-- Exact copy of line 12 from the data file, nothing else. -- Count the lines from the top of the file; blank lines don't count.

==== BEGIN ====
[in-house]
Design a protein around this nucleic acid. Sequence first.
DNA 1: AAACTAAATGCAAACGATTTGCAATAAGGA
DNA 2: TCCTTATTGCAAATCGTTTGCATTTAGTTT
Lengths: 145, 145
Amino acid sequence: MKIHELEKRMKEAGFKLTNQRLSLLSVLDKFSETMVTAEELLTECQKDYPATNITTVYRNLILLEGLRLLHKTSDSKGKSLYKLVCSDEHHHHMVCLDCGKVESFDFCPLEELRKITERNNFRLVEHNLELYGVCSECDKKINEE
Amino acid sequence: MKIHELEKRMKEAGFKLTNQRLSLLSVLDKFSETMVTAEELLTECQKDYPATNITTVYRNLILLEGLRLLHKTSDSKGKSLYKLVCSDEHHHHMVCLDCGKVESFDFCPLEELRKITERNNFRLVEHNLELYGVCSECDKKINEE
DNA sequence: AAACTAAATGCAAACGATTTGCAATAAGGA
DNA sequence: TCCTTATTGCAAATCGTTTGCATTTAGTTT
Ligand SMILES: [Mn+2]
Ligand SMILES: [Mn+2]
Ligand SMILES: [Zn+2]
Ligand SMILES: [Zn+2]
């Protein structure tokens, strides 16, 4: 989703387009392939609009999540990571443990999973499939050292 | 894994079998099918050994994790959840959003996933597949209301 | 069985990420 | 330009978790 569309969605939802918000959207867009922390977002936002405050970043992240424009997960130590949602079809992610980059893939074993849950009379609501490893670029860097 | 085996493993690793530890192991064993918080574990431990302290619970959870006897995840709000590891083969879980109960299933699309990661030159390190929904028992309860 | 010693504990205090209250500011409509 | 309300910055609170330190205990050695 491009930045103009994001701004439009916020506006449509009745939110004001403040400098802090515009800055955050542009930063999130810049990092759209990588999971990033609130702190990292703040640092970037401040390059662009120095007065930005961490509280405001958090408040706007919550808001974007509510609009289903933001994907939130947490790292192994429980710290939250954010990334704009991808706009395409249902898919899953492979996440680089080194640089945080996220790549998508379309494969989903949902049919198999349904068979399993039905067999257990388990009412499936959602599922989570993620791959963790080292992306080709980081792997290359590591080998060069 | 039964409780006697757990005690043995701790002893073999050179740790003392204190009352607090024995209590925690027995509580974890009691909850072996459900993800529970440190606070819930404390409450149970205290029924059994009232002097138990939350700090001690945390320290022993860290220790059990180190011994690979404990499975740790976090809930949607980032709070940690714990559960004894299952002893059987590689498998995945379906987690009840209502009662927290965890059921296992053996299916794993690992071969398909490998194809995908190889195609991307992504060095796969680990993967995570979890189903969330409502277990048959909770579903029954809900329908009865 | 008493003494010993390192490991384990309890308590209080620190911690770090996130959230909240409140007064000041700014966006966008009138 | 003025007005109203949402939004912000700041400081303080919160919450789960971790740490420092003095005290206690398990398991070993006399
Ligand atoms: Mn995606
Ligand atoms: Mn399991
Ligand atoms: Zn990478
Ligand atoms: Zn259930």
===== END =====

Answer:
Ligand SMILES: [Zn+2]